Following the Uttar Pradesh government's prohibition of the production, storage, distribution, and sale of 'Halal-certified' food products, the Food Safety and Drugs Authority (FSDA) conducted multiple raids in capital Lucknow as well as other cities on Monday and Tuesday to verify compliance with the order. Teams conducted inspections in malls, grocery stores, and wholesale markets.
Despite the raids, no retailers were found to be in violation of the new law. Nonetheless, FSDA officials have issued a warning to traders, urging them to promptly remove all banned products, as intensified raids are anticipated in the weeks ahead. The department is also encouraging residents to assist by providing information about stores selling such items.
Several raids in Lucknow and across UP
As part of the state government's recent crackdown on Halal-certified products, the FSDA team carried out inspections in Lucknow at Sahara Mall, the Reliance store in Vikas Nagar, Best Price, Spencer store in Fun Mall, Patanjali stores in Vikas Nagar, and Apna Mega Mart in Gomti Nagar.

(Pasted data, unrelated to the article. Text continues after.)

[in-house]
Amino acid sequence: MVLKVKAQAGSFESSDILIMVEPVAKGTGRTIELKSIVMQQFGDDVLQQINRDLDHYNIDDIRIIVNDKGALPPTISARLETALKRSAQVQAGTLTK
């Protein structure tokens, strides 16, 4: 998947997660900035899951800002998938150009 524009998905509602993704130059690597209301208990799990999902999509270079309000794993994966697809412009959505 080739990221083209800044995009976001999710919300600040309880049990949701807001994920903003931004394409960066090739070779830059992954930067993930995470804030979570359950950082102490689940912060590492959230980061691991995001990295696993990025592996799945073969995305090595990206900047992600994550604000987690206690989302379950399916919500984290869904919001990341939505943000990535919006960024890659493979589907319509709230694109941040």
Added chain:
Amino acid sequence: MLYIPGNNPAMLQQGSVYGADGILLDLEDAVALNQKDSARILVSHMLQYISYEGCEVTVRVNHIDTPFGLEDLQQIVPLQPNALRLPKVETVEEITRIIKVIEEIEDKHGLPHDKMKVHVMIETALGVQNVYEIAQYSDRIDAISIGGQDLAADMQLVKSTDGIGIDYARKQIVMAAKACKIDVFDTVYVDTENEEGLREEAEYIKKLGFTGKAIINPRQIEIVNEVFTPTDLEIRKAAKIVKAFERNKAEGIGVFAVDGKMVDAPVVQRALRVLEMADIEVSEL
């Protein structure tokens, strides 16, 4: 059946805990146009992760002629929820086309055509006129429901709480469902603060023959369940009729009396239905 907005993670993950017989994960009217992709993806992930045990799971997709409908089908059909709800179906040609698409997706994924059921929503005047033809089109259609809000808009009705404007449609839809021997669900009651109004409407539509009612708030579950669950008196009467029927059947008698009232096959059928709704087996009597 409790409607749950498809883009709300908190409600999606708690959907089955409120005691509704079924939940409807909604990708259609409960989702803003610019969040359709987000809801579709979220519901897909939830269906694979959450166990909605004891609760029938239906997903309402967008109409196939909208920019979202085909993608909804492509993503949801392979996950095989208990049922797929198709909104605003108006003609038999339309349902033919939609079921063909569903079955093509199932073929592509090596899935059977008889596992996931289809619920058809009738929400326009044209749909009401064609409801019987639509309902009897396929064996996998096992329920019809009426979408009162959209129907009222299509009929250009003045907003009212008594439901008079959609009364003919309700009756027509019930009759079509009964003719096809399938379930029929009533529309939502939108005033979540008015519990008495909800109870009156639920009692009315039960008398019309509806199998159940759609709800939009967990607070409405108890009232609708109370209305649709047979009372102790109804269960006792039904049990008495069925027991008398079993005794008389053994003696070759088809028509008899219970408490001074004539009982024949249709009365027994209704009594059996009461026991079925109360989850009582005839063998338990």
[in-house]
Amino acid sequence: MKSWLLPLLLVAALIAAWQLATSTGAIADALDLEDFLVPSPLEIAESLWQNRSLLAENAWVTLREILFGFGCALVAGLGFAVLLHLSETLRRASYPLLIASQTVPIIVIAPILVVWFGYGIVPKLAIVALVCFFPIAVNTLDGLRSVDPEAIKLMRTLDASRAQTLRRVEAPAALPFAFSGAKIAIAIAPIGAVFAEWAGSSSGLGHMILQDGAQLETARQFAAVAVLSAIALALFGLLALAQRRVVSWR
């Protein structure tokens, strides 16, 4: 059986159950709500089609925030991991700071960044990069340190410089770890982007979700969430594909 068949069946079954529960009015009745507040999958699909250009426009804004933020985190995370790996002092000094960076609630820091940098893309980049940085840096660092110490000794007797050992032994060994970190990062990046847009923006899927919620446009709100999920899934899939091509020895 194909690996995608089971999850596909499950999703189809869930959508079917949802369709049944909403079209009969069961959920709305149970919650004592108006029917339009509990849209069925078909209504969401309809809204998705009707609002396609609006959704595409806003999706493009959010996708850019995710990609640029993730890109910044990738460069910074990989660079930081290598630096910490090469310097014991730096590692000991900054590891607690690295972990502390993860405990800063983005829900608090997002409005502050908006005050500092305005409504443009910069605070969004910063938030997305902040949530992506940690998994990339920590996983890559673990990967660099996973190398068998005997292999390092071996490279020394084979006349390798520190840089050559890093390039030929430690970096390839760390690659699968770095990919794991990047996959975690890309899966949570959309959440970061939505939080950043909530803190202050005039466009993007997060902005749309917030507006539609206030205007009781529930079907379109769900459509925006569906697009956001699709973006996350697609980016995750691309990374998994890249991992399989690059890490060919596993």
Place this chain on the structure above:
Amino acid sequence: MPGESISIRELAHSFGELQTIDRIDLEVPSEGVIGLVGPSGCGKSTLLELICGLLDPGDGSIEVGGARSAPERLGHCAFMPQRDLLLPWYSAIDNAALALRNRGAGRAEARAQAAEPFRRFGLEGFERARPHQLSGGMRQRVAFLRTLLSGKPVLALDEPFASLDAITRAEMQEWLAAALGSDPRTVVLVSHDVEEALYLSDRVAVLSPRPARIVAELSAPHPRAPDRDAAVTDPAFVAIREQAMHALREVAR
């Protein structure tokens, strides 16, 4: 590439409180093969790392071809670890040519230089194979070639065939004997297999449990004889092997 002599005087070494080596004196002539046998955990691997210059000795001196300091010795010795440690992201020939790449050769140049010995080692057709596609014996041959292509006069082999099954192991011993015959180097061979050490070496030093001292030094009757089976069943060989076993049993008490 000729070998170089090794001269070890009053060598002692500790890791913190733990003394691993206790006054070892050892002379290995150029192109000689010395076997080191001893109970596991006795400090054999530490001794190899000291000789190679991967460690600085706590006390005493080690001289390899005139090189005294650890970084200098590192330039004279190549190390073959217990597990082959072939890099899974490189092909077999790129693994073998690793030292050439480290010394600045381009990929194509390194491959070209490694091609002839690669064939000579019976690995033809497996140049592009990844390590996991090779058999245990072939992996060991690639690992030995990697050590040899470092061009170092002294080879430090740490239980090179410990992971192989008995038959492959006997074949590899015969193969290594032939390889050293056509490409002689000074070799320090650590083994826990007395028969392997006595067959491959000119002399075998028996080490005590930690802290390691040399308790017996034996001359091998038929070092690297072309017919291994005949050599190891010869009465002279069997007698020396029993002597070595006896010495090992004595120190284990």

On Tuesday, the chief food information officer of Gorakhpur led a raid at City Mall and AD Mall. Although the team conducted inspections at 7 to 8 locations throughout the city, officials reported that no Halal-certified food items were discovered.
Officials from the Food Department conducted a raid at KFC in Moradabad on Tuesday. The Food Department at the KFC located in Peel Kothi checked whether Halal-certified products were still being utilised in the popular food outlet.
In Sonbhadra, food department officials raided the Reliance Food Store in Obra. During the operation, a variety of items, including Urad Dal, Wheat Dalia, and Red Chili Powder, were seized. The team led by Food Safety Officer collected samples of the seized items for further investigation.
Halal becomes Haram in UP
The Uttar Pradesh government has officially banned the Halal certification of a range of food products, spanning dairy items, sugar, bakery products, peppermint oil, namkeen snacks, and food oil. This prohibition aligns with the regulations set forth in the 2006 Food Safety and Standards Act, requiring the scrutiny of food quality by both FSSAI and ISI. Those found in violation of these standards will face penalties under the Food Safety and Standards Act. Additionally, there is a possibility that the ban might extend to encompass medicines, medical equipment, cosmetics, and various other products carrying Halal certification.